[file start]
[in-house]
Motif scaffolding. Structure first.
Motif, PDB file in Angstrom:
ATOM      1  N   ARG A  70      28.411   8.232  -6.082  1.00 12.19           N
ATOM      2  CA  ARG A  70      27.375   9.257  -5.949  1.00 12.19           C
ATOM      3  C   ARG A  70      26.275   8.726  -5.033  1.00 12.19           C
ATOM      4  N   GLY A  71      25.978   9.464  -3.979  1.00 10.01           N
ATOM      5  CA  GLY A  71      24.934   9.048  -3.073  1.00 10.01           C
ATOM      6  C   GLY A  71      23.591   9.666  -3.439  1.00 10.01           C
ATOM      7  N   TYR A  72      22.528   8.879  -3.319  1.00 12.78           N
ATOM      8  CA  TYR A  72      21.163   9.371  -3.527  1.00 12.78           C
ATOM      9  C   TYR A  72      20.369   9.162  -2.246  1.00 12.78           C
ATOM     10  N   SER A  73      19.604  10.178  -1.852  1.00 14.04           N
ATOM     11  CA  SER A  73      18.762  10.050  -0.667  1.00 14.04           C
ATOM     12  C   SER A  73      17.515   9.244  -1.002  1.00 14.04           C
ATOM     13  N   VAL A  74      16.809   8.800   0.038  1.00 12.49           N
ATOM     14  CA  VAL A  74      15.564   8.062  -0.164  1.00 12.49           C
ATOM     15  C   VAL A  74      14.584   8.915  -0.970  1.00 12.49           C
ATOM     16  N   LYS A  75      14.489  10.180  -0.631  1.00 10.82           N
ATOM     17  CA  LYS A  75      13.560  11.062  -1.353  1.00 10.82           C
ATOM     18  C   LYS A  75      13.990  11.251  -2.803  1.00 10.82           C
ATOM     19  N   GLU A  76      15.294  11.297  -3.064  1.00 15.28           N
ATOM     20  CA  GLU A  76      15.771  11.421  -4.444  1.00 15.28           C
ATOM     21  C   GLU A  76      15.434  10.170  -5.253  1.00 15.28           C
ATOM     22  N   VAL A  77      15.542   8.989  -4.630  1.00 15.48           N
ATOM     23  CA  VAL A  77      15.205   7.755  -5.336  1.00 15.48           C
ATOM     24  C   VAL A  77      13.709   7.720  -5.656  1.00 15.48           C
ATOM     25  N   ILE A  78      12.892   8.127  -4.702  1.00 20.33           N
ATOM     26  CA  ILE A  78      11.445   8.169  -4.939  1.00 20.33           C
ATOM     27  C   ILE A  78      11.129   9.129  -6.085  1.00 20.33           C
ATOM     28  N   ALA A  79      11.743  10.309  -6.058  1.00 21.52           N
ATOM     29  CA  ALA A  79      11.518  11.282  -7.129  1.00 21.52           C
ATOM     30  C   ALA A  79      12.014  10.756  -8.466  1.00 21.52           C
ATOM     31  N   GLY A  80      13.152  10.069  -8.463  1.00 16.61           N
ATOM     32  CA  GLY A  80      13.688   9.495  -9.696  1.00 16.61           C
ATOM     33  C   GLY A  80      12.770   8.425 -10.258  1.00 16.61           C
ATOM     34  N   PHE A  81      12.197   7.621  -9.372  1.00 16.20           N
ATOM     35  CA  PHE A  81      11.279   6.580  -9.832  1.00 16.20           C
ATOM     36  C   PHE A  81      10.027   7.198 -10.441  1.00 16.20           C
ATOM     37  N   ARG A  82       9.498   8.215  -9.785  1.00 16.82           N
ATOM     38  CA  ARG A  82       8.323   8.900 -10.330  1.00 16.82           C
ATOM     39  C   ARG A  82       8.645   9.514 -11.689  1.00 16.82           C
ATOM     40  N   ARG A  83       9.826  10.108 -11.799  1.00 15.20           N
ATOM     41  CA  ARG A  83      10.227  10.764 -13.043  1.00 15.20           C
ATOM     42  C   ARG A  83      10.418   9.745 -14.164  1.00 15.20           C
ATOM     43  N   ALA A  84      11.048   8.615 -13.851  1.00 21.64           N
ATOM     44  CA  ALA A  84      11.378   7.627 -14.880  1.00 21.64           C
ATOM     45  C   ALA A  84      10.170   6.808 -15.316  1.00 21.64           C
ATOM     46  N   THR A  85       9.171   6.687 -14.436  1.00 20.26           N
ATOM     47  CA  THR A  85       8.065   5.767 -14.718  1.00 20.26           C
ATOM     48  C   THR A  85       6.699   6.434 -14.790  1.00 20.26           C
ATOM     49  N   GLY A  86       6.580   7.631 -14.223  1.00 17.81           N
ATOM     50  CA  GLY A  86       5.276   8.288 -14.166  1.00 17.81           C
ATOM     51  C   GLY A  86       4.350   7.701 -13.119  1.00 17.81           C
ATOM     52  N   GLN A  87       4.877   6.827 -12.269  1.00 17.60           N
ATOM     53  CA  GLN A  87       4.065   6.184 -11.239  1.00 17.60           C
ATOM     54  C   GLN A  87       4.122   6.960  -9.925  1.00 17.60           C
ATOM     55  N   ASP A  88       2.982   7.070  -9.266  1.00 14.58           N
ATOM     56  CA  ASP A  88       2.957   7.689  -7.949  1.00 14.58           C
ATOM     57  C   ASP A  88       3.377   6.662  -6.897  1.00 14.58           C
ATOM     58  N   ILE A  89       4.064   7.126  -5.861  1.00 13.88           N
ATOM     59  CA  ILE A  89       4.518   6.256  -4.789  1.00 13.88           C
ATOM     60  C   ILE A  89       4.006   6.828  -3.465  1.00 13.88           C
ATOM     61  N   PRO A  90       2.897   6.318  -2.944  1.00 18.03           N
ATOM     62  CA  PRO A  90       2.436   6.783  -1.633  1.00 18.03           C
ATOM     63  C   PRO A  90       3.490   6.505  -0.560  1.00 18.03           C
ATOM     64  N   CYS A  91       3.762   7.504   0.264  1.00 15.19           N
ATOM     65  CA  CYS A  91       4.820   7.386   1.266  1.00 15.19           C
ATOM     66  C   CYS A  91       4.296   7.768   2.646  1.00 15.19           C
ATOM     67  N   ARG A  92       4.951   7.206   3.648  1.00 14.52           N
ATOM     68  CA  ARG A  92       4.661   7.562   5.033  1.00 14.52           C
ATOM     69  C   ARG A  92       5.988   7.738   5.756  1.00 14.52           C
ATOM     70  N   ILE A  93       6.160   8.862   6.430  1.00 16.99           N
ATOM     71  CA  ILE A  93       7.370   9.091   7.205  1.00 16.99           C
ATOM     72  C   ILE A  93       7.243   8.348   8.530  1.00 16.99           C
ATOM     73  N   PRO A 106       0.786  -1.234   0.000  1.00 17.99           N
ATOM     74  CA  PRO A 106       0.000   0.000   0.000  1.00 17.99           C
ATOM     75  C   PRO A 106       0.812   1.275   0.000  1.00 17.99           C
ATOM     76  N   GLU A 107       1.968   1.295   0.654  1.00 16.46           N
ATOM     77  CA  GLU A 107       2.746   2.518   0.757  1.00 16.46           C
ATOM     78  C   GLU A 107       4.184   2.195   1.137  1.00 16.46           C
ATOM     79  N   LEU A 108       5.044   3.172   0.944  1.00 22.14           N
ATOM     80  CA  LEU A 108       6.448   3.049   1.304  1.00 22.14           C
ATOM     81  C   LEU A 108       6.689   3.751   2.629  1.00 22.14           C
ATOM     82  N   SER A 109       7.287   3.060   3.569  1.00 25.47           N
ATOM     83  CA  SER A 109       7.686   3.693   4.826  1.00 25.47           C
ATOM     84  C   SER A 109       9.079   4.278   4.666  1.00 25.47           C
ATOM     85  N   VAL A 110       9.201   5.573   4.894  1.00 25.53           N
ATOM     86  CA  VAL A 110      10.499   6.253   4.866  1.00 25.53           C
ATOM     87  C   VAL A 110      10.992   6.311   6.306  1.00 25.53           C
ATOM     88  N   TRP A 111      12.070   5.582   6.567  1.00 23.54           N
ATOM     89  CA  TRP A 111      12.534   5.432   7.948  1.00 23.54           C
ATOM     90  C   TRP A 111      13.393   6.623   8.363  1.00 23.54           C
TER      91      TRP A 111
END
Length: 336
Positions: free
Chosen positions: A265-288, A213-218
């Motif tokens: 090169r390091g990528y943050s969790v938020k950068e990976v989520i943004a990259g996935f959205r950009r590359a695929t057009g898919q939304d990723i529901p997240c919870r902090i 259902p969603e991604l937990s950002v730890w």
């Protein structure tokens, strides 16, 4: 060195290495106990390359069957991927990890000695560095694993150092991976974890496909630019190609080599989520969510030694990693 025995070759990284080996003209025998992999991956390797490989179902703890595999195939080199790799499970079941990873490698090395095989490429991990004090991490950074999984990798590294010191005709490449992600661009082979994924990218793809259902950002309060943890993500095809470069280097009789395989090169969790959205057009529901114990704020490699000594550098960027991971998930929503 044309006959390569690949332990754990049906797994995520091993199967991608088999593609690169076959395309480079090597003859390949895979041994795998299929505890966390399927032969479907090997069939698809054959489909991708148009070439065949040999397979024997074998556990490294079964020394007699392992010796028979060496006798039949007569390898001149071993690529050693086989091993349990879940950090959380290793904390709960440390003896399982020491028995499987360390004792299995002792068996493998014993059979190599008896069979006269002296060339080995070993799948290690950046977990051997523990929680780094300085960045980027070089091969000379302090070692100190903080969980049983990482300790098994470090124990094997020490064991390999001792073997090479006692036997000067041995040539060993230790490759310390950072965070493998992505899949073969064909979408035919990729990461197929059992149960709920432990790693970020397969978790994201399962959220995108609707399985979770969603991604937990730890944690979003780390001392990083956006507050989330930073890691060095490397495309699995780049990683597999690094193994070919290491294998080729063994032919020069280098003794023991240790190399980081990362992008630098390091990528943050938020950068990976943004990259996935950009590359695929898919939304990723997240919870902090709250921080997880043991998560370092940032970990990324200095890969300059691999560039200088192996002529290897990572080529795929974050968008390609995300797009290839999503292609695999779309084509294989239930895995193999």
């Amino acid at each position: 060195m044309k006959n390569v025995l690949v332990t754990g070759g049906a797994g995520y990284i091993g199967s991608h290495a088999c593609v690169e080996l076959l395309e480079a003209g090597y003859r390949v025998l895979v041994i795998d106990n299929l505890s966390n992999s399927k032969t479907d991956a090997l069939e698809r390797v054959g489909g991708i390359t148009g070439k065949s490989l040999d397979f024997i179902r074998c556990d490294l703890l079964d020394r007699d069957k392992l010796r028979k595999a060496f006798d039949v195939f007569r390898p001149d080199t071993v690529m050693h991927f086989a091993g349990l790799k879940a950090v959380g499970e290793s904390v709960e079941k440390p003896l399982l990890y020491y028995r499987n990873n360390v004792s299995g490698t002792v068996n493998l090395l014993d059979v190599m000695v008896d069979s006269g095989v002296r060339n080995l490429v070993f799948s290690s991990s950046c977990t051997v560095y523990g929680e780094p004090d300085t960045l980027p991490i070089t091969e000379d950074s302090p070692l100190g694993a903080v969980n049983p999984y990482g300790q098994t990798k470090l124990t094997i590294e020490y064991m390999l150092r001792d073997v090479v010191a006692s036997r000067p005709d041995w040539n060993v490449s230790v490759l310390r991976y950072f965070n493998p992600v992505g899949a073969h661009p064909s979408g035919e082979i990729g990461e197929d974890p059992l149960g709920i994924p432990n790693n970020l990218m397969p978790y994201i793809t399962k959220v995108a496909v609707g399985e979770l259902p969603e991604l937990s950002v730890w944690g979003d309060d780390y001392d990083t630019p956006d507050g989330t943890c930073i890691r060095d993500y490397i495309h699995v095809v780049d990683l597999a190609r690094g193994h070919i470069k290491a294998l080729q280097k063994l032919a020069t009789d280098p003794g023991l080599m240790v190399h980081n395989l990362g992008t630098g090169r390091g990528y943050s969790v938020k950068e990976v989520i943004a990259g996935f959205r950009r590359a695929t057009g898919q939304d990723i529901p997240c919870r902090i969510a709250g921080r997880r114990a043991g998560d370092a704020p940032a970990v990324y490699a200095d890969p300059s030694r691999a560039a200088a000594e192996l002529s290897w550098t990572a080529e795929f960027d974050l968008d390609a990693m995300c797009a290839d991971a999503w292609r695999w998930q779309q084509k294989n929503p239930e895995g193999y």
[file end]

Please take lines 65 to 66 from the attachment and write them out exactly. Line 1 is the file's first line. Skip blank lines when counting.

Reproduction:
ATOM     62  CA  PRO A  90       2.436   6.783  -1.633  1.00 18.03           C
ATOM     63  C   PRO A  90       3.490   6.505  -0.560  1.00 18.03           C